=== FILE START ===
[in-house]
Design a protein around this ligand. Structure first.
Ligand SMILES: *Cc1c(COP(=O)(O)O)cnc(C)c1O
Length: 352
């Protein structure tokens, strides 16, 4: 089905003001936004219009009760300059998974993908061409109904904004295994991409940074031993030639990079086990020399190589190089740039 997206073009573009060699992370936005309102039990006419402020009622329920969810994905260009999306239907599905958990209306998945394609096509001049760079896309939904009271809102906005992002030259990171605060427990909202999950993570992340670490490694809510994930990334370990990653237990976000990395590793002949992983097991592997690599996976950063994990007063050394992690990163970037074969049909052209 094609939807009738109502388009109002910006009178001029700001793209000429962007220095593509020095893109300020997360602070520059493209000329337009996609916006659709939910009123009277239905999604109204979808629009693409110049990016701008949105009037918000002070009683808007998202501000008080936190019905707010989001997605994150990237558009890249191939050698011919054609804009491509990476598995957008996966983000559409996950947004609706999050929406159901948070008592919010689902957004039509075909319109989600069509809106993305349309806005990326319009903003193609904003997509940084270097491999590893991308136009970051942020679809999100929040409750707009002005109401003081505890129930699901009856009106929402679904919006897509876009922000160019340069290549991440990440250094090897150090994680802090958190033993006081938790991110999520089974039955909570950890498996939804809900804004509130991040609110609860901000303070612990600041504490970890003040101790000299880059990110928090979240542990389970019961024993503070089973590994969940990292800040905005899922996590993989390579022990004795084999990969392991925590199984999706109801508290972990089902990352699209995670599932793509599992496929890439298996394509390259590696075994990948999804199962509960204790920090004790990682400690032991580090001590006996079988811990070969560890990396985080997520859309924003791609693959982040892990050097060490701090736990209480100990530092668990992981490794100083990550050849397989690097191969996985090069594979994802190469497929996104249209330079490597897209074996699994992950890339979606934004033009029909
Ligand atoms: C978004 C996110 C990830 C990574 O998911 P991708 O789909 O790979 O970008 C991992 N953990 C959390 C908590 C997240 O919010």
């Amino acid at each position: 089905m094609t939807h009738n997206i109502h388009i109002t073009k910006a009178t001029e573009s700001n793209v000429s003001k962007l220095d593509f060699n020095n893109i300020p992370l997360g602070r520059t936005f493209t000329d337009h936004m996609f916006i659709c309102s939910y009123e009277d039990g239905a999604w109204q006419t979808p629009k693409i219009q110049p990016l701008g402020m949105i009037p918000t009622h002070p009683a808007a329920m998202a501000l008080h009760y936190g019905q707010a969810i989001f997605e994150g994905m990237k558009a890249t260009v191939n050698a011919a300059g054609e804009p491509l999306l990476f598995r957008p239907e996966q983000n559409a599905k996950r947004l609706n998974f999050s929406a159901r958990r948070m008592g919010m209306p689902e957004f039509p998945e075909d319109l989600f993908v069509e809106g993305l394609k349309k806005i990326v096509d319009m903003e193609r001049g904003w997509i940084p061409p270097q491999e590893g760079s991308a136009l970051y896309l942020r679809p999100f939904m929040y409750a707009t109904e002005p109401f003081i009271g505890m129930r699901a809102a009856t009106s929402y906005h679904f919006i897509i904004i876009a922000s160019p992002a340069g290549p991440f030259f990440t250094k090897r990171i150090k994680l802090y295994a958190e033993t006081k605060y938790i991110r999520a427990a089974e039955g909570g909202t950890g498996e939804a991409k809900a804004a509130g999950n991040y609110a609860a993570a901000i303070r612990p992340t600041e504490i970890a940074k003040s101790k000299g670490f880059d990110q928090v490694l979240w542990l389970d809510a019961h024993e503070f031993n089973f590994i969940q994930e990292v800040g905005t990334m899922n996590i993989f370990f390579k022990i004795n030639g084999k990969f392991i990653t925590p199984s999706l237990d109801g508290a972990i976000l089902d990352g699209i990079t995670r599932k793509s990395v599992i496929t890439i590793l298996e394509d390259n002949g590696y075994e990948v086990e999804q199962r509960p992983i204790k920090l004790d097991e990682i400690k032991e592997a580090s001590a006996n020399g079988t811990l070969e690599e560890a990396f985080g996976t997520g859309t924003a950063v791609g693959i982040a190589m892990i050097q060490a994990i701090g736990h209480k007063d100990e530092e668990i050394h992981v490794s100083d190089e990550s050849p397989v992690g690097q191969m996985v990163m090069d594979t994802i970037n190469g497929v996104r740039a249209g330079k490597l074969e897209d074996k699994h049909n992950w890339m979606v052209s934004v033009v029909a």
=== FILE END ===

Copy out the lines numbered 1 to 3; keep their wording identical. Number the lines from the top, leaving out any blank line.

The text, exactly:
[in-house]
Design a protein around this ligand. Structure first.
Ligand SMILES: *Cc1c(COP(=O)(O)O)cnc(C)c1O